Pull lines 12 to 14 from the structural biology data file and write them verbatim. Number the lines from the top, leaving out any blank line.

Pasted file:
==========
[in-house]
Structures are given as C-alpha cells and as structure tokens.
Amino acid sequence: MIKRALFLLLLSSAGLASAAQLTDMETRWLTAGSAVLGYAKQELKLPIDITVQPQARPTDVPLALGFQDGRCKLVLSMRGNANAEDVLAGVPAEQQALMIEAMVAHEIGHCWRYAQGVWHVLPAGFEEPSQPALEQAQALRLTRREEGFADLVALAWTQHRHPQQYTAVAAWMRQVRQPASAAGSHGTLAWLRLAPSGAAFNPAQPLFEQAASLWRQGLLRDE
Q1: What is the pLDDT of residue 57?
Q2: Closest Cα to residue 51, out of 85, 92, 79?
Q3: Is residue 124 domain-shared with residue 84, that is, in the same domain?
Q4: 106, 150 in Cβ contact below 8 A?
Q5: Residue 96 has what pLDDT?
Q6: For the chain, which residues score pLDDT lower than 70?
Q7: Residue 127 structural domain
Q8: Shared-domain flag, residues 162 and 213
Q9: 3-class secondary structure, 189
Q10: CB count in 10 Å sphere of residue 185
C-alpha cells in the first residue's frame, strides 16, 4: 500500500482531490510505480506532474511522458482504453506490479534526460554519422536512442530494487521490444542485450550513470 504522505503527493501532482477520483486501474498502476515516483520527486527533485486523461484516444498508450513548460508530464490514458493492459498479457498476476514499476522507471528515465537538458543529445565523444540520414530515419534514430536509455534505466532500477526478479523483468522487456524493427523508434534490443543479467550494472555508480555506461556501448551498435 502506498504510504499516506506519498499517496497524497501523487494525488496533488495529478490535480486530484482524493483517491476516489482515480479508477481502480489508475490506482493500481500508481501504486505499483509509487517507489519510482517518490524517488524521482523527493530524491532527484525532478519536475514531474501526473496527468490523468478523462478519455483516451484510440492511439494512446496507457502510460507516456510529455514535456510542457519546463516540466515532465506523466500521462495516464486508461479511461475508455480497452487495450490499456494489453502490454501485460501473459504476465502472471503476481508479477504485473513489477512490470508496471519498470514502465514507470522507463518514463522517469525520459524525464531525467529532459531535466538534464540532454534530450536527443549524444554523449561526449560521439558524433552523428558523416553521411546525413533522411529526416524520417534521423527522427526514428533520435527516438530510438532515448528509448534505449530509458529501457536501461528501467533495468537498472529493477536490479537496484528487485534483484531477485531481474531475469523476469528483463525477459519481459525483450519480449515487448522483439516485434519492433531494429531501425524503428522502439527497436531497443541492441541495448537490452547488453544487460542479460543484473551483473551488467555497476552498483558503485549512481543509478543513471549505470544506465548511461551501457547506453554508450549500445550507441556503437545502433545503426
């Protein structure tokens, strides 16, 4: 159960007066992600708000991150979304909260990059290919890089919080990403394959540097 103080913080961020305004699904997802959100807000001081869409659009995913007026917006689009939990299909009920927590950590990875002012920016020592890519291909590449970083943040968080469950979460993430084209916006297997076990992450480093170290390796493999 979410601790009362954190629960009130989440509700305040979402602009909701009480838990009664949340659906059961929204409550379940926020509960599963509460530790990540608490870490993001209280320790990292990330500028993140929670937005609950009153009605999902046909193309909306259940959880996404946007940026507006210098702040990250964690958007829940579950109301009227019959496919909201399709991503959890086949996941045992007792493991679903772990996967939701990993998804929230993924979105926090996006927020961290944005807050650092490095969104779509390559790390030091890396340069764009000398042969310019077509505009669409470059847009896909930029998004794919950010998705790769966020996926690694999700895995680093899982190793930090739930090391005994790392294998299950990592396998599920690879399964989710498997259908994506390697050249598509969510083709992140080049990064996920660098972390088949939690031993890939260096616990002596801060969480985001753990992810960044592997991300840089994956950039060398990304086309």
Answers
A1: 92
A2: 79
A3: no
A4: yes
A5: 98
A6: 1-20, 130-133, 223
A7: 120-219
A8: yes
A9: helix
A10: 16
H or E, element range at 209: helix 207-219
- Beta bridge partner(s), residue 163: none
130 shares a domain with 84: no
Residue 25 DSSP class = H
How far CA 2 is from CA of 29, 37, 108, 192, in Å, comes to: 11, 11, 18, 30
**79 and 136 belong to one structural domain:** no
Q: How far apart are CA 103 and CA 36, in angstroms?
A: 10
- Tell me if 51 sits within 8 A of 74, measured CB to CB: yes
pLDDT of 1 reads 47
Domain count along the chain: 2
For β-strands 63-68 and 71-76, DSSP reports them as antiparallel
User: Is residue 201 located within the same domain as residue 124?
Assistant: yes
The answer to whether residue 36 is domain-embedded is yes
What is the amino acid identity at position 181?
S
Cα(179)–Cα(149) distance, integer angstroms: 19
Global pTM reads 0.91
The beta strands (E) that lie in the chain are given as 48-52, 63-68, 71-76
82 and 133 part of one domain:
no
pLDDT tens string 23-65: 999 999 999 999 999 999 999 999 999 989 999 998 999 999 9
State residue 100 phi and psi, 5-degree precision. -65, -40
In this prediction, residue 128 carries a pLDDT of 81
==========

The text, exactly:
Q9: 3-class secondary structure, 189
Q10: CB count in 10 Å sphere of residue 185
C-alpha cells in the first residue's frame, strides 16, 4: 500500500482531490510505480506532474511522458482504453506490479534526460554519422536512442530494487521490444542485450550513470 504522505503527493501532482477520483486501474498502476515516483520527486527533485486523461484516444498508450513548460508530464490514458493492459498479457498476476514499476522507471528515465537538458543529445565523444540520414530515419534514430536509455534505466532500477526478479523483468522487456524493427523508434534490443543479467550494472555508480555506461556501448551498435 502506498504510504499516506506519498499517496497524497501523487494525488496533488495529478490535480486530484482524493483517491476516489482515480479508477481502480489508475490506482493500481500508481501504486505499483509509487517507489519510482517518490524517488524521482523527493530524491532527484525532478519536475514531474501526473496527468490523468478523462478519455483516451484510440492511439494512446496507457502510460507516456510529455514535456510542457519546463516540466515532465506523466500521462495516464486508461479511461475508455480497452487495450490499456494489453502490454501485460501473459504476465502472471503476481508479477504485473513489477512490470508496471519498470514502465514507470522507463518514463522517469525520459524525464531525467529532459531535466538534464540532454534530450536527443549524444554523449561526449560521439558524433552523428558523416553521411546525413533522411529526416524520417534521423527522427526514428533520435527516438530510438532515448528509448534505449530509458529501457536501461528501467533495468537498472529493477536490479537496484528487485534483484531477485531481474531475469523476469528483463525477459519481459525483450519480449515487448522483439516485434519492433531494429531501425524503428522502439527497436531497443541492441541495448537490452547488453544487460542479460543484473551483473551488467555497476552498483558503485549512481543509478543513471549505470544506465548511461551501457547506453554508450549500445550507441556503437545502433545503426